How Summer Camp Naturally Builds Friendships

By: Mollie Shauger | Monday, June 24, 2019 | Summer Camp

Camp friends smiling

Summer camp is an opportunity for kids to have the time of their lives while making new friends or reconnecting with old ones.

An important part of a child’s social development is the relationships he or she will make over time. Independent studies have shown that camp improves kids’ social skills, increases their sense of belonging and empathy for others, and allows them to meet new people.

In a survey of more than 5,000 families around the U.S., 96 percent of campers said that camp helped them make new friends. Also, 69 percent of families said their camper was still in contact with other kids they met at camp.

Here’s how camp can foster new relationships:

Close quarters

Campers eat together, play together, go on trips together, and may even share cabins. They learn a lot about each other’s personalities and idiosyncrasies this way, and form deeper bonds. Campers can even help each other through the challenges of new surroundings and situations, and surviving without the comforts of home.

Sharing in success

Whether it’s winning tug-o-war or building a campfire, campers will delight in their achievements together, especially during team and group activities. Campers are pushed out of their comfort level in some aspects, and they can share these experiences with their peers.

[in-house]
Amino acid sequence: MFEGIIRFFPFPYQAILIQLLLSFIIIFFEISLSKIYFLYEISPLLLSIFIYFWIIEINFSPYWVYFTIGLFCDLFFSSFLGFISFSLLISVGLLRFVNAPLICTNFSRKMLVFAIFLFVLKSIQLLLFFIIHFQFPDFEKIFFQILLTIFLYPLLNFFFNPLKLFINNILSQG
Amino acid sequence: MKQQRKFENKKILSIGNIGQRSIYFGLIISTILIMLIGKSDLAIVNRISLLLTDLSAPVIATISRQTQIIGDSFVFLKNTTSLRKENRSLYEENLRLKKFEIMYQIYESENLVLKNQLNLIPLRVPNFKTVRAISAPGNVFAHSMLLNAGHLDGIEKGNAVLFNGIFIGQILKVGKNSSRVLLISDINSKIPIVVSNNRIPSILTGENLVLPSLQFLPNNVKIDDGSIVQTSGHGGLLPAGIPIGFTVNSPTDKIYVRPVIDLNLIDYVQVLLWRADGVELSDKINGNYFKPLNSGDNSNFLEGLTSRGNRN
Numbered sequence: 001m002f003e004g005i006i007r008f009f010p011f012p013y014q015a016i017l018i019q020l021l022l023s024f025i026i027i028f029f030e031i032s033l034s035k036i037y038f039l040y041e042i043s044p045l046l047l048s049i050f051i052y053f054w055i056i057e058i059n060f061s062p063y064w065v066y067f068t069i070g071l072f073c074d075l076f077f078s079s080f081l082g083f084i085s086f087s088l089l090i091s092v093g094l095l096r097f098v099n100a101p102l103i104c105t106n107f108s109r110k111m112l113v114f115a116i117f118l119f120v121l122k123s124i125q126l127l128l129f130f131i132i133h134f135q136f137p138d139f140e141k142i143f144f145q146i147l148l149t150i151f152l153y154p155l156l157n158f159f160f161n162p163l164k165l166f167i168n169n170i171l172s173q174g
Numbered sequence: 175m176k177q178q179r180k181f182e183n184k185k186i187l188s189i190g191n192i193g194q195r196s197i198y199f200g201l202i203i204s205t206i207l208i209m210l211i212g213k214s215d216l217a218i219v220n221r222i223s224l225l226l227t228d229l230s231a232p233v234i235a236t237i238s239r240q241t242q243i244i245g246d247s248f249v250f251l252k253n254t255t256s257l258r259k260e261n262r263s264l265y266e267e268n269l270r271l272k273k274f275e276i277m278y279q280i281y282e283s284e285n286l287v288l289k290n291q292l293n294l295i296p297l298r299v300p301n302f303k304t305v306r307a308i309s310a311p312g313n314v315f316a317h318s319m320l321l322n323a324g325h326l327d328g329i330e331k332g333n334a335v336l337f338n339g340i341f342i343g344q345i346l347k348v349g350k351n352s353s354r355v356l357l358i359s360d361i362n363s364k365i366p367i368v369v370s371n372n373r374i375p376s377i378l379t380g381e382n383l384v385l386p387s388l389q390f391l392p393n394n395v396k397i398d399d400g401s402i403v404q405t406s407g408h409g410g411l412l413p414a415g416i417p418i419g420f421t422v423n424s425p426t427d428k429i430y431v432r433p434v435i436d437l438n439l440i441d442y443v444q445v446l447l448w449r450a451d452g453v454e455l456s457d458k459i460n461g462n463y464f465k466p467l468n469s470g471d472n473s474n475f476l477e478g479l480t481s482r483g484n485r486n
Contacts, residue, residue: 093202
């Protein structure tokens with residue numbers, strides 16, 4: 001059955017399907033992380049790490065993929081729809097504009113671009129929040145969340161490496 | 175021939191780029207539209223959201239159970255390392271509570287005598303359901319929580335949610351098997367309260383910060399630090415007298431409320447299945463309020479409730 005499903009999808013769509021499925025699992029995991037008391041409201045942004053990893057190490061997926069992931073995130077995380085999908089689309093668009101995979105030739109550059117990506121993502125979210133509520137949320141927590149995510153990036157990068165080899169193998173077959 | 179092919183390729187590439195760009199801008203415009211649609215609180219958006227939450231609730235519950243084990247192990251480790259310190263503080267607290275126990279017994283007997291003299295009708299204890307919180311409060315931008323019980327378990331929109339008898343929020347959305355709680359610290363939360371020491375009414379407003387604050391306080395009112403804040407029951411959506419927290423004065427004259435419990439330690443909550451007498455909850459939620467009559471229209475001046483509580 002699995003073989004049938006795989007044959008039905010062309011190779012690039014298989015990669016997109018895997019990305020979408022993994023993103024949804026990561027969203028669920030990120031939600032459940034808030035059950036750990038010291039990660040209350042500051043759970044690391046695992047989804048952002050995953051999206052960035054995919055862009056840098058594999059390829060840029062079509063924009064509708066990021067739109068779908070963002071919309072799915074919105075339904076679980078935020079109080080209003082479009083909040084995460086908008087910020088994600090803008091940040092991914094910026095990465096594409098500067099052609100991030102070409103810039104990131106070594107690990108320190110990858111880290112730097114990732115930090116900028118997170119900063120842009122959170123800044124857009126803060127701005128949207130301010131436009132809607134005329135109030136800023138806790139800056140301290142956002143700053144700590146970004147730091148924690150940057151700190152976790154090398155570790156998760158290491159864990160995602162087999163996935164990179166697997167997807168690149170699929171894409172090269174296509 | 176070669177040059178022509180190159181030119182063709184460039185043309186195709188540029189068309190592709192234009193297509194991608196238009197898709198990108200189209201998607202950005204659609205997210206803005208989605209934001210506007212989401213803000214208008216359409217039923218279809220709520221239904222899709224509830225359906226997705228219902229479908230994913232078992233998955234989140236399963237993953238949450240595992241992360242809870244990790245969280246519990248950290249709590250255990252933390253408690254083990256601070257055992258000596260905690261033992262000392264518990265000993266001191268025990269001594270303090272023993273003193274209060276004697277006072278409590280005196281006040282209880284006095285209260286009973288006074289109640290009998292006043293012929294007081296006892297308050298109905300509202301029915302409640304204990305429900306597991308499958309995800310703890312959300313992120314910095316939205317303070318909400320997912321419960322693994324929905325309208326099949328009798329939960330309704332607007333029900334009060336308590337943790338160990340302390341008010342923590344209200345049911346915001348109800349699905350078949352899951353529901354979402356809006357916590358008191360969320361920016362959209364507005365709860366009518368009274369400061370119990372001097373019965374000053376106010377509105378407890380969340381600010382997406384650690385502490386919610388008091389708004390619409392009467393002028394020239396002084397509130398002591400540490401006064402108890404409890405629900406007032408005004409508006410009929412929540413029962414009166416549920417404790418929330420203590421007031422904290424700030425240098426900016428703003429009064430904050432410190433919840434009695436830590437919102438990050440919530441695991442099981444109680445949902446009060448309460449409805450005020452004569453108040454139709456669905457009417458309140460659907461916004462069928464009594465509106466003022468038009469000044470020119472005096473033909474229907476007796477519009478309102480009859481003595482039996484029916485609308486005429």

Face-to-face interaction

Going “screen free” can help campers form connections face to face, and have conversations without the distractions that a phone or other device can cause. Kids and teens can be themselves without worrying about their social media profiles and “likes.”


A big part of the camp counselor’s job is to help kids form friendships, in addition to being a role model. Many counselors have been campers themselves and have made friends through the experience, so they can relate to the younger kids.


Kids have the freedom to be themselves without the pressures of school or home. “Camp allows children to reinvent themselves and be who they want to be in a positive, supportive environment,” writes the communications director for the American Camp Association of New York and New Jersey.


Campers can connect over the themes and rituals that camp offers, whether it be campfire songs or an end-of-the-summer event. These customs can keep campers in close contact after camp and returning year after year.


For some kids, camp may be their first time meeting people outside of their neighborhood or school. They’ll have the opportunity to interact with people of different backgrounds, practice asking questions and figuring out appropriate self-disclosure. They’ll also learn respect for others.

Shared interests

Kids with unique interests or talents can bond over their shared passion for nature, technology, theater, and more. Knowing others who have the same interests can prevent kids from feeling isolated. It also makes “breaking the ice” a little easier when meeting new people.

The Metropolitan YMCA of the Oranges provides camp opportunities for children of all ages at its seven branches: East Orange YMCA, Fairview Lake YMCA Camps, Greater Bergen County YMCA, South Mountain YMCA, Sussex County YMCA, Wayne YMCA and West Essex YMCA.


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